I think my question made a determination of liability against the owner subject to a mistrial and the judge did not want to deal with that prospect.

I would not want to live in a country with another system of judging a person’s innocence or guilt, but the system could be even better if the juror pool was not so watered down by numbskulls.

“I object!”

“Objection over-ruled…OJ.”


I received the following in an email from my Fraternity brother Fast Freddy J.  

 The Jury





In a criminal justice system based on 12 individuals not smart enough to get out of jury duty, here is a jury to be proud of .. . .
A defendant was on trial for murder. There was strong evidence indicating guilt, but there was no corpse.

In the defenses closing statement, the lawyer, knowing that the accused would probably be convicted, gave a sly smile to his client then resorted to a trick.

"Ladies and gentlemen of the jury, I have a big surprise for you all," the lawyer said as he looked at his watch.

"Within one minute, the person presumed dead in this case will walk into this courtroom." He looked toward the courtroom door. The jurors, somewhat stunned, all looked on eagerly.

A minute passed. Nothing happened.

Finally the lawyer said, "Actually, I made up the previous statement but you all looked on with anticipation. I, therefore, put it to you that you have a reasonable doubt in this case as to whether anyone was killed, thus I have no doubt that you must return a verdict of not guilty."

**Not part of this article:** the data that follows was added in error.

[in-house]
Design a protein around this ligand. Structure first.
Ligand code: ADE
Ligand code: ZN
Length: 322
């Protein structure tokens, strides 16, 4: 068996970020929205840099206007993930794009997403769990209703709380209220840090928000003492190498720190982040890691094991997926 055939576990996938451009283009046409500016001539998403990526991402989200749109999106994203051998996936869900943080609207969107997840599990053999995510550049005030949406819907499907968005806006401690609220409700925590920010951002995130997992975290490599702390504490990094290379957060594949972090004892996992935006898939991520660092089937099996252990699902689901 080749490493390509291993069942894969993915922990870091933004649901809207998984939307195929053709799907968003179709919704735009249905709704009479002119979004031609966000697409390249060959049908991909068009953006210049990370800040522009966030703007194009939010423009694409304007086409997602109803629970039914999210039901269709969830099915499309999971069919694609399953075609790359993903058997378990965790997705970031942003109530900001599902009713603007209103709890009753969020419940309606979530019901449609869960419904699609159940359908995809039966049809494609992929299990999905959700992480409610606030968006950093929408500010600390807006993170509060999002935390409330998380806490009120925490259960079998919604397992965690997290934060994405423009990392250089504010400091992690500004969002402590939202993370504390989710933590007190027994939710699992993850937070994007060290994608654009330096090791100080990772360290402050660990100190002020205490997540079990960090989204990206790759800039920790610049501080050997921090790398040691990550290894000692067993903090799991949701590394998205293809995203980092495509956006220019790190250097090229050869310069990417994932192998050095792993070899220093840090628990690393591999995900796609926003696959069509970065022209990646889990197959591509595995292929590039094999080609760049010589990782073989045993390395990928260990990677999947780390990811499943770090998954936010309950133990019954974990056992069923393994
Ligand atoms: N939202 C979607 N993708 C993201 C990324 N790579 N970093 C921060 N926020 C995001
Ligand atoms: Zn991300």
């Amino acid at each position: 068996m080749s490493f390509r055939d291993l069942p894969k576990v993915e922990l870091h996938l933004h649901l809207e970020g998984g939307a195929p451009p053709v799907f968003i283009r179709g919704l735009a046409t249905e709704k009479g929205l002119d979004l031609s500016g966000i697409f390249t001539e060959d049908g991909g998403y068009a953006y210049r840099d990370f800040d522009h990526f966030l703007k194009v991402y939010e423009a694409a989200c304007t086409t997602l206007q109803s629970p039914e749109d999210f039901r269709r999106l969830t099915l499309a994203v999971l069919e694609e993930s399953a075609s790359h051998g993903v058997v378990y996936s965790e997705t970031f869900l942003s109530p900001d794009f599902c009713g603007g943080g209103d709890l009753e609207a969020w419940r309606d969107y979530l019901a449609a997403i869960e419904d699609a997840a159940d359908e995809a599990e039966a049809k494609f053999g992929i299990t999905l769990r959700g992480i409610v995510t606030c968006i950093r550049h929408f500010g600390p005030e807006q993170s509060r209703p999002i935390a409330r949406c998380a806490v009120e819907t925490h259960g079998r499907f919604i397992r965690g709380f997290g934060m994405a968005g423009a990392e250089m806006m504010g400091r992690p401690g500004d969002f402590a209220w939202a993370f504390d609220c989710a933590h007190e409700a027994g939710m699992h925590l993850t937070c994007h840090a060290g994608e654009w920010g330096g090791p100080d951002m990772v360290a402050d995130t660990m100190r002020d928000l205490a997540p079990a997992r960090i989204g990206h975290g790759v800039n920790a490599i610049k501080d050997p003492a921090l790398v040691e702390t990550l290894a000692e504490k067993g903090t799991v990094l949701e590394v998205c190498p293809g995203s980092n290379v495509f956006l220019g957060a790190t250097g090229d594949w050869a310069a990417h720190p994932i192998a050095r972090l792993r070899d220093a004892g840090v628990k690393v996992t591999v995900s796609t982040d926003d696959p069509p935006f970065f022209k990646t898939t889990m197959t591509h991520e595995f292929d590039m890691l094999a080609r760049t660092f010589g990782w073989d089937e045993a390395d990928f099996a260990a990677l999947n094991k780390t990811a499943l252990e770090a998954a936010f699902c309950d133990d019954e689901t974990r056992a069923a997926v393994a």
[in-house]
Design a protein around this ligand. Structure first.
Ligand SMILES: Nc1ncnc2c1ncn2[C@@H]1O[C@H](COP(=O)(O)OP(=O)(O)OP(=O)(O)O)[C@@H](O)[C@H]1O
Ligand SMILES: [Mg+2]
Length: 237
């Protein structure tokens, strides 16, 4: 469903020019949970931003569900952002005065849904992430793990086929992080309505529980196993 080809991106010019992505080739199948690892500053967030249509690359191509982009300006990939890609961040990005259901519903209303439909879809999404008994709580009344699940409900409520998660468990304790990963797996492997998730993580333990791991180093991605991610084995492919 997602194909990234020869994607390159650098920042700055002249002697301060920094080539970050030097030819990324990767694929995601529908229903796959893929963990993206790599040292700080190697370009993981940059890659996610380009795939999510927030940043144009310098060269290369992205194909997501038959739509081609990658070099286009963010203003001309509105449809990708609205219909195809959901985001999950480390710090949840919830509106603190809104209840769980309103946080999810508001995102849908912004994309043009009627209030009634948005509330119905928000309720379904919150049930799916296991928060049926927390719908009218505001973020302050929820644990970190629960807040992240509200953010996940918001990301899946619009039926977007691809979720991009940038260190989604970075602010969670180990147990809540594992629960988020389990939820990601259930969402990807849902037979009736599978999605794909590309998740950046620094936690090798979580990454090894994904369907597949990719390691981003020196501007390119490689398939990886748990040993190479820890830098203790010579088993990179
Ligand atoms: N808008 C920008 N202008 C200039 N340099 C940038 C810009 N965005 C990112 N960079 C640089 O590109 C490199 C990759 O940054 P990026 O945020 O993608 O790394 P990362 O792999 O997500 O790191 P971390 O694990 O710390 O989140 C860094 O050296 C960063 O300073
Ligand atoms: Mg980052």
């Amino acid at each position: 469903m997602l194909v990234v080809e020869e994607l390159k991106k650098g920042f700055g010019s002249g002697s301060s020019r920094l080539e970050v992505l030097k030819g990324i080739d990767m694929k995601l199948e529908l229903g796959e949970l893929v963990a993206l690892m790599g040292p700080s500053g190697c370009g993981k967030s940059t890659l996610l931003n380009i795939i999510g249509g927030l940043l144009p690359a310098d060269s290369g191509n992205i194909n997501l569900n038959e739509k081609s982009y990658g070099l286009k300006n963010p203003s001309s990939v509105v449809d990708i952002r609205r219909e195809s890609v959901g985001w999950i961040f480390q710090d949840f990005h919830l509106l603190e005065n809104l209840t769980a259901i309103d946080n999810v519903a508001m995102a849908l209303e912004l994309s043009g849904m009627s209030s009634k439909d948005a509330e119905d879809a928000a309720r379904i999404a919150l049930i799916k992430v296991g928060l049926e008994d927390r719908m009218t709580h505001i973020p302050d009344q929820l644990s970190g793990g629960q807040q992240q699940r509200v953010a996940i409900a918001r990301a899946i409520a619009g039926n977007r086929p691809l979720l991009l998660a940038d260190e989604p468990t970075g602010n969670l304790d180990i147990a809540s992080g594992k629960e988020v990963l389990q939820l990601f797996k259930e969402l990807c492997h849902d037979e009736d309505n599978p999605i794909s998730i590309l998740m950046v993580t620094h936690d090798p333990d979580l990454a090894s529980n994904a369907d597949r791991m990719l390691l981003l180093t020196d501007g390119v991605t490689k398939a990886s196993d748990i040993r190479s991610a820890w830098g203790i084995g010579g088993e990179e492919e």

The jury retired to deliberate.

A short while later, the jury returned and pronounced a verdict of guilty.

"But why?" inquired the lawyer.
"You must have had some doubt; I saw all of you stare at the door."

The jury foreman replied:

"Yes, WE did all look, BUT YOUR CLIENT DIDN'T!!
    


             

15 comments:

  1. Not at all crappy. :)

    I served on a jury just once.. something very similar to what you described with the knife attack. It lasted nearly two weeks and was thrown in the end because of the stupid behaviour of the THREE accused. So one crown attorney for the idiot victim and three defence attorneys. Plus one interpreter so everything took twice as long. I was beginning to wish they had succeeded in doing the (not at all nice) guy in.